How can Pr. Harrison or any other pastor imagine that anyone from outside their “fellowship” will take their preaching seriously? Why would any nonbeliever be moved to listen to this kind of pep rally drivel? This is not even honest evaluation of their own membership. Why would someone like myself, someone who counts himself as a very desperate and poor, miserable sinner turn to such a works-righteous preacher and church body? I need to hear God’s Law and Gospel carefully and accurately preached to me so that I know that my need for the remission of my sins has been genuinely addressed. I need to know that the merits of Christ crucified are imparted to me through the ordained means of grace. I need to know that my miserable attempts at righteousness are not the basis of my judgment. I need to know that the perfect righteousness of Jesus has been poured out to me so that by His righteousness I am judged.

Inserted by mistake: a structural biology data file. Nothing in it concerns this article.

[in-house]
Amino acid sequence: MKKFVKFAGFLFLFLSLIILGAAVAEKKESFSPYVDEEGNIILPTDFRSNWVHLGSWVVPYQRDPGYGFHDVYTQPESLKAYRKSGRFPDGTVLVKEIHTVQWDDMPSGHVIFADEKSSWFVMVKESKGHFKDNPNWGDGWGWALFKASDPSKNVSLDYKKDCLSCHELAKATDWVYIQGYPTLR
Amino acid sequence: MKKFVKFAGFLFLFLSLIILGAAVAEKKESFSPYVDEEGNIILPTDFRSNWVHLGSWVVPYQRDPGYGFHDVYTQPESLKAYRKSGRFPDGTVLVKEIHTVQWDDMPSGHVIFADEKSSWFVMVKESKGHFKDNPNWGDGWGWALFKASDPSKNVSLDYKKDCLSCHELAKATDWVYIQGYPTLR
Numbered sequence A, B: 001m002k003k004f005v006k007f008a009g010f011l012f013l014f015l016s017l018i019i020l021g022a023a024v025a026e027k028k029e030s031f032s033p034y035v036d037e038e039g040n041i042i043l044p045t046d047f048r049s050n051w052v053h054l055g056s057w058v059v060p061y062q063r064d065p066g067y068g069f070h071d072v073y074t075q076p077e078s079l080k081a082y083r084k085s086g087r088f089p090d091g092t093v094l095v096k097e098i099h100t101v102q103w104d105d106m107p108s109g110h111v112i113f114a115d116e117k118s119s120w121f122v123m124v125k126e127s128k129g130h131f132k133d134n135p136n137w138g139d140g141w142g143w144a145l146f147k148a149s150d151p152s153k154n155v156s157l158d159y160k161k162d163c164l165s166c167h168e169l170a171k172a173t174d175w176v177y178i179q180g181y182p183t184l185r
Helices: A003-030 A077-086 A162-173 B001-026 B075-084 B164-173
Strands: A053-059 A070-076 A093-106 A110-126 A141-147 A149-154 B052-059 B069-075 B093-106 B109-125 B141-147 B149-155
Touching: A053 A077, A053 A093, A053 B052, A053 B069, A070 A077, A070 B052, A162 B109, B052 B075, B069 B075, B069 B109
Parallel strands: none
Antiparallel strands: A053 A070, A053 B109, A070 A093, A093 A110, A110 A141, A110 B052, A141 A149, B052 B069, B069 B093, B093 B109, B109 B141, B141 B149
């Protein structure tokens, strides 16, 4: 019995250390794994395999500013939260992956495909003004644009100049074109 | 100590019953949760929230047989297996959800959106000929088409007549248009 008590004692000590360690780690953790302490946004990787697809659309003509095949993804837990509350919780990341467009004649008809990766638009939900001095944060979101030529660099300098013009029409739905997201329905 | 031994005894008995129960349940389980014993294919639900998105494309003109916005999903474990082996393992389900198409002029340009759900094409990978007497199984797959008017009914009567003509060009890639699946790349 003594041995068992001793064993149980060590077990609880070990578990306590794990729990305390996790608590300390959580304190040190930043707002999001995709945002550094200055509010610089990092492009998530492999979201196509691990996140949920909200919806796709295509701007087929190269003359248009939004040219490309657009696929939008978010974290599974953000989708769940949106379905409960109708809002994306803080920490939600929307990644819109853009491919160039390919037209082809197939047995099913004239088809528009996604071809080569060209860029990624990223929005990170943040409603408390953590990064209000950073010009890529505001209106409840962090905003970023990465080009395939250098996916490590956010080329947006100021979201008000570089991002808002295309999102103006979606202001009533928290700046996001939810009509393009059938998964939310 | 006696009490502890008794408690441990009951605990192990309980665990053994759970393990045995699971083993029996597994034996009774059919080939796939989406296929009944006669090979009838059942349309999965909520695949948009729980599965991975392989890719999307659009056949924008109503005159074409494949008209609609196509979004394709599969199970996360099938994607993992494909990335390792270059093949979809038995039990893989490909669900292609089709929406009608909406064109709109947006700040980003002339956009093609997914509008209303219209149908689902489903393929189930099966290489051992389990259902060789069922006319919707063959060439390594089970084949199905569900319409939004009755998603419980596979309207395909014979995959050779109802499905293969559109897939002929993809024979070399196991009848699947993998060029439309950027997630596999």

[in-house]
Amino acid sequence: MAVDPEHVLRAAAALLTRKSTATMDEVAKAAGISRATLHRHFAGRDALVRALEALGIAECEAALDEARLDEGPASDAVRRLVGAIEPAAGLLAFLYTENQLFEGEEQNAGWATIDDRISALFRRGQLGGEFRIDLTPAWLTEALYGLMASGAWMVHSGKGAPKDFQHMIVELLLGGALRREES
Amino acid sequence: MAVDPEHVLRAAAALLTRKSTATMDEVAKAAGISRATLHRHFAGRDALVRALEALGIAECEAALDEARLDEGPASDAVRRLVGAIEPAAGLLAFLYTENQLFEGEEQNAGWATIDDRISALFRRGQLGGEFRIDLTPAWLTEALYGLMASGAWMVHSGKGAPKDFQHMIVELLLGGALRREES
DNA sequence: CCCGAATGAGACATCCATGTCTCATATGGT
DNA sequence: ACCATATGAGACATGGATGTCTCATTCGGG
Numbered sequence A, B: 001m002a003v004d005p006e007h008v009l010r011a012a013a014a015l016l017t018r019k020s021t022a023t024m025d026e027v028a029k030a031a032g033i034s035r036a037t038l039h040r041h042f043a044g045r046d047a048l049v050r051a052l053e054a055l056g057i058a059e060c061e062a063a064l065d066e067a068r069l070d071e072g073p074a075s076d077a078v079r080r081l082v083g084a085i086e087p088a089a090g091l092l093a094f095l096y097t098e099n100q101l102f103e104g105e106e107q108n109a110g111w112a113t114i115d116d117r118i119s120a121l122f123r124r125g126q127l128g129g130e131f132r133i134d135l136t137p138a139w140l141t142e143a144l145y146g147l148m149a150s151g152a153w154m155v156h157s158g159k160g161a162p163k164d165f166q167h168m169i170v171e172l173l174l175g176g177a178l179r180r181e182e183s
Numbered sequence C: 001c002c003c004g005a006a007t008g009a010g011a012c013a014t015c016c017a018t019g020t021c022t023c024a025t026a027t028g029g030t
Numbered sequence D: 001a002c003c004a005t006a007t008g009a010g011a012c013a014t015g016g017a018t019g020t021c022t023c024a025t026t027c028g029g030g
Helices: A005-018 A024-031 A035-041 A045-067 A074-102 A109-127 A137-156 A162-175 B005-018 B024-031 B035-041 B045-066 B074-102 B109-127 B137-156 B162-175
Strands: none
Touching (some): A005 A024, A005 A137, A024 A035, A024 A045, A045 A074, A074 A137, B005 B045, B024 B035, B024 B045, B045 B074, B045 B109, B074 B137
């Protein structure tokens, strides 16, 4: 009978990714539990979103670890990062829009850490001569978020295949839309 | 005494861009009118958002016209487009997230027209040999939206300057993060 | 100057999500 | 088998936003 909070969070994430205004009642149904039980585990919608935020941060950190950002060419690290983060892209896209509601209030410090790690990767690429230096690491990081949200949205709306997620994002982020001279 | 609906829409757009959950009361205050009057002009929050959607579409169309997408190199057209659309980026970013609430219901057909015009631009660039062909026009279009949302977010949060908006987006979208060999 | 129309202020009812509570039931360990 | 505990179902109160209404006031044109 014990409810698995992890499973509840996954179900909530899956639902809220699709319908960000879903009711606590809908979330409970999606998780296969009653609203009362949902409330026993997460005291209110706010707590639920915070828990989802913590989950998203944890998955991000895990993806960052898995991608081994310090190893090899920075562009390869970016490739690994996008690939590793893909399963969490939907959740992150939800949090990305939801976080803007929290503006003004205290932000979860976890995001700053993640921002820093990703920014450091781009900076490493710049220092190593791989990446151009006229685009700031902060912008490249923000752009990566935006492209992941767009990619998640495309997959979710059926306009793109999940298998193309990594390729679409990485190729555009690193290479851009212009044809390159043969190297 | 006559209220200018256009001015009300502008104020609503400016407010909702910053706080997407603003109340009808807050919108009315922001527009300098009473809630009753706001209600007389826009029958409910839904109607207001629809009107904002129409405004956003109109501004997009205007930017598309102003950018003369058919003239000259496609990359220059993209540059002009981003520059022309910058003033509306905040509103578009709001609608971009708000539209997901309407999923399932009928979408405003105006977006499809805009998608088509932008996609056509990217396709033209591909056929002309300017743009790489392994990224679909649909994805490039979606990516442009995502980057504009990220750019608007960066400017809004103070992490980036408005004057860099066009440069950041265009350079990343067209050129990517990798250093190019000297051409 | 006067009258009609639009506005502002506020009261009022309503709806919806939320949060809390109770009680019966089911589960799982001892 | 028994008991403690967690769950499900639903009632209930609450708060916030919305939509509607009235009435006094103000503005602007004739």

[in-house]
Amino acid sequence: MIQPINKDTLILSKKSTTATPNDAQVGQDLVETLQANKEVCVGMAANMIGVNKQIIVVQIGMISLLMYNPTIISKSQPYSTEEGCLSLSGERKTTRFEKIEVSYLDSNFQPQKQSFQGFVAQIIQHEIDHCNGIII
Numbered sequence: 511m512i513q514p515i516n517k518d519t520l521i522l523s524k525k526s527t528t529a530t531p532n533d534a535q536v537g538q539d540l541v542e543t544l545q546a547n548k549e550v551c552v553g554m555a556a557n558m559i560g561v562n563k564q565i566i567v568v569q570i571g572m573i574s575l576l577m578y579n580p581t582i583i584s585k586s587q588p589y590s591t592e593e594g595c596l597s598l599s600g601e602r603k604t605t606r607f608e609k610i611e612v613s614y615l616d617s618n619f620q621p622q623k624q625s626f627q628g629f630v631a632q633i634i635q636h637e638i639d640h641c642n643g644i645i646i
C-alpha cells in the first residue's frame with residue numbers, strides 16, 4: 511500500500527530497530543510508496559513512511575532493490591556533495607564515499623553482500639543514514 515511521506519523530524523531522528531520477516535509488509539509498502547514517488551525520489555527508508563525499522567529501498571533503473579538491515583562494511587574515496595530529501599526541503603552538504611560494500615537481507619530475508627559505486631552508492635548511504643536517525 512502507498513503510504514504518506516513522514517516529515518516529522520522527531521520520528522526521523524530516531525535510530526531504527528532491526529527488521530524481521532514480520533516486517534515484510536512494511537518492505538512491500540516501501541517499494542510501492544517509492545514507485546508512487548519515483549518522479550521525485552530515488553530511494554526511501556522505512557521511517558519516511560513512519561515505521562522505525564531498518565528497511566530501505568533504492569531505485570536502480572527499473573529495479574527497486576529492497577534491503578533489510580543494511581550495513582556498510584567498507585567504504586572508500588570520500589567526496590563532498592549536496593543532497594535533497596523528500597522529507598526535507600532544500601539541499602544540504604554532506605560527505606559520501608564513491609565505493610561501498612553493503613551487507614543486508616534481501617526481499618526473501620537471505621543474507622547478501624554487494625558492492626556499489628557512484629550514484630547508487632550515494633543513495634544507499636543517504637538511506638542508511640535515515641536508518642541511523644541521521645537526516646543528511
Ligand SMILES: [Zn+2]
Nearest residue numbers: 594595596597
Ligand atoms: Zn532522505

Then and only then do I recognize myself as one among those who rejoices to count myself among those “who like Jesus are people of joy over life.” Pr. Harrison proclaims this as a catch phrase, but it is inestimably more. When a person hears this as what God works for us, then the person truly is made to be a person of joy over life. Then a person does not need to be urged to stand up for others, for that is the regenerated motive of the person’s heart. This is what the Holy Spirit produces. It is not something that a person must generate within oneself. The preaching of the necessity of good works in the life of Christians takes true form when preached as St. James says:

     What doth it profit, my brethren, though a man say he hath faith, and have not works? can faith save him? If a brother or sister be naked, and destitute of daily food, And one of you say unto them, Depart in peace, be ye warmed and filled; notwithstanding ye give them not those things which are needful to the body; what doth it profit? Even so faith, if it hath not works, is dead, being alone. Yea, a man may say, Thou hast faith, and I have works: shew me thy faith without thy works, and I will shew thee my faith by my works. Thou believest that there is one God; thou doest well: the devils also believe, and tremble. But wilt thou know, O vain man, that faith without works is dead? (James 2:14-20)

      St. Paul proclaims the same, saying: